$$$$ ($14 and under)
The folks behind Adams Morgan's Meze bring Turkish cuisine to Dupont Circle.
Mon-Thu 11:30 am-2:30-pm
5:30-10 pm; Fri 11:30 am-2:30-pm
5-11 pm; Sat 5-11 pm; Sun 5-10 pm
(Dupont Circle)

Editorial Review

Tom Sietsema wrote about Ezme for a May 2010 First Bite column.

When someone crushes a pistachio or purees a tomato in Turkey, the action is referred to as "ezme." A quick study of the menu of the restaurant and wine bar that replaced the original Pesce this spring makes clear why brothers Yavuz and Harun Bolukbasi christened their latest effort Ezme: Among the dozens of small plates on their Turkish script in Dupont Circle are plenty of ingredients that have been mashed (chickpeas for hummus), chopped (grilled eggplant for a salad) or reduced to a pulp (tomato relish with chicken kebab).

Yavuz manages, Harun cooks. The siblings are not new to the scene; their other interests are Meze, a nine-year-old Turkish restaurant in Adams Morgan serving similar dishes, and the French-inspired Bistro Cacao on Capitol Hill. The brothers also have some nearby competition in the form of the just-launched Agora (formerly Jack's) on 17th Street NW.

Turkish food: Do we smell a trend in the making, something to take our minds off cupcakes, burgers and Twitter blasts from roving food trucks? At Ezme, the genial service and the muhammara, a zesty paste of roasted red peppers and walnuts, suggest that more Turkish food would be a good thing. Small plates include classics such as doner kebab and manti, and are found under headings such as "Garden," "Land" and "Air." Ground chicken meatballs fall in that last category, prompting a pal to crack, "When's the last time you saw a chicken fly?" The dish is plenty satisfying, as is the pillowy bread with which we eat it.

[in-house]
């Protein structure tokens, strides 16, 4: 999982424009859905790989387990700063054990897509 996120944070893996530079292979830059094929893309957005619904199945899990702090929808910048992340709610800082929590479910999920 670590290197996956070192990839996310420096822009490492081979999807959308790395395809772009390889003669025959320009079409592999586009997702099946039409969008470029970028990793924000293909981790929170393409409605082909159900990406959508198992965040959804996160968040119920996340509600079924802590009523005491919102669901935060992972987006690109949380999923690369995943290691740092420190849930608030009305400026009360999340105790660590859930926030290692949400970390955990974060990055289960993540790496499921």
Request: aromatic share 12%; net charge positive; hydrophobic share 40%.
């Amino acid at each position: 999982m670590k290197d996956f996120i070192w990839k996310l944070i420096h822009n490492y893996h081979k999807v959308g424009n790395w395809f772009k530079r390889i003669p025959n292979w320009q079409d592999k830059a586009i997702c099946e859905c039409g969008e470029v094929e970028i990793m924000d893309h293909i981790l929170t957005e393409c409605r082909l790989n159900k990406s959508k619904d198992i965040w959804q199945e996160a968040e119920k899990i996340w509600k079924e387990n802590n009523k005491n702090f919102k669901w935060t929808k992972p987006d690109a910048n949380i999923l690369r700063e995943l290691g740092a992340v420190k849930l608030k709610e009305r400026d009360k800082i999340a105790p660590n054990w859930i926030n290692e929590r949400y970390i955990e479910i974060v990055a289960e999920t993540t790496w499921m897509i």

The dining room is small, with about 50 seats. The setting is moodier than that of Pesce, which migrated a few storefronts away. Wine is displayed everywhere, and there is an illuminated onyx bar in the rear. Yavuz figures he has 36 cases of wine stored in reclaimed wood supports on the walls. All those bottles look swell, but isn't he worried about exposing them to excessive light and heat? "At the end of summer," he says, "I can give you a better answer."

Small plates, $4.95-$9.95.

(May 5, 2010)